Classic and vintage Penguins

Classic and vintage Penguins

Posted by Thomas Conneely on 15th Jul 2018

The first ten Penguins were published in July 1935 and initally sold for 6d each, and as the story goes, their creation was prompted by the publisher being unable to find reading material at a train station. All the initial Penguins were numbered on the spine ( the book would retain this number for reprints for the course of it's life) until the arrival of ISBN numbers in the early 1970's. Publication continued during the paper shortages of WW2 , and new lines were added, and expanded over the decades, with the 1950's and 1960's being particular boom periods.  By 30 July 1954 Penguin had published number 1,000. Penguins were designed to be mobile, to fit easily into a pocket. They were a revolution. 

Penguins ( and the associated light blue Non fiction Pelicans) created cheap , accessible mass market books for everyone - in an exercise that was both democratic ( in that it brought literature to the mass of the reading public) and commercial - in that Penguin was a highly succesful company, whose look and design ethos was rigthly seen as embodying the best of modern design.  

Ive always loved Penguins - they look great as a collection, and the published the very best of literature and writing, even commissioning translations of classics that became standard translations in their own right - Rieu's postwar edition of Homer being one. Many , of course, were slim and rather fragile paperbacks, ( although they were sturdier than many paperbacks of their time), designed to be portable and passed on to many hands ( particularly during wartime) .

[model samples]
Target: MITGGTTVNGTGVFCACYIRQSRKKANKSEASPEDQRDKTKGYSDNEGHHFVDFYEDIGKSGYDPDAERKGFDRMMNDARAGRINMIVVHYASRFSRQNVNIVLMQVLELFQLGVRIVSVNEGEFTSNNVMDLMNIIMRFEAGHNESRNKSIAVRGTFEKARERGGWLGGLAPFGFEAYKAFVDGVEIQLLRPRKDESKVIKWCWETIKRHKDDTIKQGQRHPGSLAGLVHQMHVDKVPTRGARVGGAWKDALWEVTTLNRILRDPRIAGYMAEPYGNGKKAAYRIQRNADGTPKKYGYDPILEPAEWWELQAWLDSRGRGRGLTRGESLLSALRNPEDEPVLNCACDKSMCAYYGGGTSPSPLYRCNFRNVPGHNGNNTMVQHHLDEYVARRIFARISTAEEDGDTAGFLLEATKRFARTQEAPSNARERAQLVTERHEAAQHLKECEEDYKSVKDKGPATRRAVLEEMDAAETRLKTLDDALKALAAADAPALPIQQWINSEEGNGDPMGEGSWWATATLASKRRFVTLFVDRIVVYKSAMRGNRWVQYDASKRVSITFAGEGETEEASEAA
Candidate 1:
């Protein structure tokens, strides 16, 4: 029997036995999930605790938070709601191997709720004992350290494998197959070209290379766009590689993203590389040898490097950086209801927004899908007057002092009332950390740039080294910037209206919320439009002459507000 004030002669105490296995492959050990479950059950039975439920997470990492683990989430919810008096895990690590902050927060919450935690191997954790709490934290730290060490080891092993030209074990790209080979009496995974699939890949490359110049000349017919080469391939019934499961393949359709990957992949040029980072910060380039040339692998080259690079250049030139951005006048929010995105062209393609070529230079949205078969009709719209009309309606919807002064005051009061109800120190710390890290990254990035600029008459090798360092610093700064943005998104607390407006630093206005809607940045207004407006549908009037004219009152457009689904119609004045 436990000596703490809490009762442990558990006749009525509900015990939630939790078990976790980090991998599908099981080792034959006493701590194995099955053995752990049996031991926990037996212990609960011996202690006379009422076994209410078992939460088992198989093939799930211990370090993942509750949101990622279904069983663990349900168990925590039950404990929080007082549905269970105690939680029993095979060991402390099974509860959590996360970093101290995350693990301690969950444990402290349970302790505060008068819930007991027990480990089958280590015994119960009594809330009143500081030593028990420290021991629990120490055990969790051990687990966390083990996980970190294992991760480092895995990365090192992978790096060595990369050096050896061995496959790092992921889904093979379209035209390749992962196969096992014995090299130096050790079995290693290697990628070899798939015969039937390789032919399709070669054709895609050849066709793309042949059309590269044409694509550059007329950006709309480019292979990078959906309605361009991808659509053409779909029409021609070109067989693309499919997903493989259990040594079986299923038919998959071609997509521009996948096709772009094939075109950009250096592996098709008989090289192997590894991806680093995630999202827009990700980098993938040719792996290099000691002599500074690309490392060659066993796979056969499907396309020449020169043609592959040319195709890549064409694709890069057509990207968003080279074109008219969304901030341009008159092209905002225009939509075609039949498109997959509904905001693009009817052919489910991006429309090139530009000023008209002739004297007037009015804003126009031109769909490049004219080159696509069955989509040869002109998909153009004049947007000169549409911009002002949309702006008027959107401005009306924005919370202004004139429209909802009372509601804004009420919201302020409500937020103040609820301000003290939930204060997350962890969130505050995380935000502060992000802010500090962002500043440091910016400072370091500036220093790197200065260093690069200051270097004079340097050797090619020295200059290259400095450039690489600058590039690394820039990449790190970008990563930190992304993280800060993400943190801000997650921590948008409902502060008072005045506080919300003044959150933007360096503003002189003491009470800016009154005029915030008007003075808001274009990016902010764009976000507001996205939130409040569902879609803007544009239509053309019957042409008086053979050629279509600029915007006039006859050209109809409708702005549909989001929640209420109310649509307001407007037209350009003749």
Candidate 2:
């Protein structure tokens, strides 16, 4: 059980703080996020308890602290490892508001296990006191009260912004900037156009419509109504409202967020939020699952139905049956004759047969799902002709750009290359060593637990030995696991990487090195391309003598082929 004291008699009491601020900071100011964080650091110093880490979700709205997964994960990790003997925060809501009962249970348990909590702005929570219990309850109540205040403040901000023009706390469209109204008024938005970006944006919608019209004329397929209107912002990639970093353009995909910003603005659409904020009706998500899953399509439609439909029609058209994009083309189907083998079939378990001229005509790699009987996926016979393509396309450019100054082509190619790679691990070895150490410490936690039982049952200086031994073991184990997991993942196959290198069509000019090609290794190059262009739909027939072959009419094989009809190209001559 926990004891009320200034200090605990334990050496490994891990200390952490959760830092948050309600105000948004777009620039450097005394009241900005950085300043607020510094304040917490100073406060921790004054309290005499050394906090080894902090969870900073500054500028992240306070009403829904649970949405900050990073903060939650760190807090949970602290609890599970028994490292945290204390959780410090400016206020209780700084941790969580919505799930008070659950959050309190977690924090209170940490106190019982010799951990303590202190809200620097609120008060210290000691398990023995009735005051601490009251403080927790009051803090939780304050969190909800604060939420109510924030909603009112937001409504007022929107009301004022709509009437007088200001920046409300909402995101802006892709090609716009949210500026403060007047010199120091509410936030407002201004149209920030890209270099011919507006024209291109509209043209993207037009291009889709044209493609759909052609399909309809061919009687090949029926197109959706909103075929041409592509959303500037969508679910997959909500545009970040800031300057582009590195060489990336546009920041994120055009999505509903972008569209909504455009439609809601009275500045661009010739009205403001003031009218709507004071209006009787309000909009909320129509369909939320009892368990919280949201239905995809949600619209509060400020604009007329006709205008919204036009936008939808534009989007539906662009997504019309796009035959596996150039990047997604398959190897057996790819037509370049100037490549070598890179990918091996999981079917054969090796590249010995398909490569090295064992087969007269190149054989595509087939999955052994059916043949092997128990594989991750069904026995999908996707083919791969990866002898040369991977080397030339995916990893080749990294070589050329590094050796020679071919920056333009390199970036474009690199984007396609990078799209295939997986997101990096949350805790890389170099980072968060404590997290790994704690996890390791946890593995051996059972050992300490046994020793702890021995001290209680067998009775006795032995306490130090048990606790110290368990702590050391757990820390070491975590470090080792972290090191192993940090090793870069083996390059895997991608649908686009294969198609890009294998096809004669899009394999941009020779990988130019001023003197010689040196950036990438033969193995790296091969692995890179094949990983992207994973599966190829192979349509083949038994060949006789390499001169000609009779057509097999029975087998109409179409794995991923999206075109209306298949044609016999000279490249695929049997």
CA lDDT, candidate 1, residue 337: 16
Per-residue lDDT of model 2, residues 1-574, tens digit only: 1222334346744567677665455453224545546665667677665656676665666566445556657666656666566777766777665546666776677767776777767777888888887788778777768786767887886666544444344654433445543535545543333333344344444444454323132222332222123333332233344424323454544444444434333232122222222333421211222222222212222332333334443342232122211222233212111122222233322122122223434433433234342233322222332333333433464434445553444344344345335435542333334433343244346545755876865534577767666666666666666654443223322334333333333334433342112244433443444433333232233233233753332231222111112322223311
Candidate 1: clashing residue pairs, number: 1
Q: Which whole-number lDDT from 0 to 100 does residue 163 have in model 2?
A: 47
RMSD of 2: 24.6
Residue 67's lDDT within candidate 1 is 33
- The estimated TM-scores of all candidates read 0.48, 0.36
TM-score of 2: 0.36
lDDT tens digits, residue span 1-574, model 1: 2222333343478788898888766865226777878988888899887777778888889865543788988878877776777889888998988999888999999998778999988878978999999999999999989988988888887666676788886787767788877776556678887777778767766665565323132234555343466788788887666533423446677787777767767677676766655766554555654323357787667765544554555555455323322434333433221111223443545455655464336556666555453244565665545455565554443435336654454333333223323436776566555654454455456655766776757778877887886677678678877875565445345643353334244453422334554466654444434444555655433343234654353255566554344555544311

Initially, and for the period to 1970, Penguin used the colours of the cover to signify different types of book:
Fiction, by far the largest section were in orange covers - initially in horizontal bands, later in vertical bands,and later still in illustrated covers. By the 1960's and 1970's this model had changed, with the introdction of Penguin Modern classics and 20th century classics. 
Biography in dark blue
Crime Detection in green
Travel and Adventure in Cerise
Plays and Drama in red
Miscellaneous ( often non fiction)  in yellow
Essays in Light Purple
World Affairs and politics/ current affairs in grey. 

Penguin itself is still a thriving business, and is now part of a larger conglomerate with Penguin Random House.  have a large and increasing range of vintage Penguins, single vintage copies of classics, and as bulk lots , both of Pelican and Penguin imprints.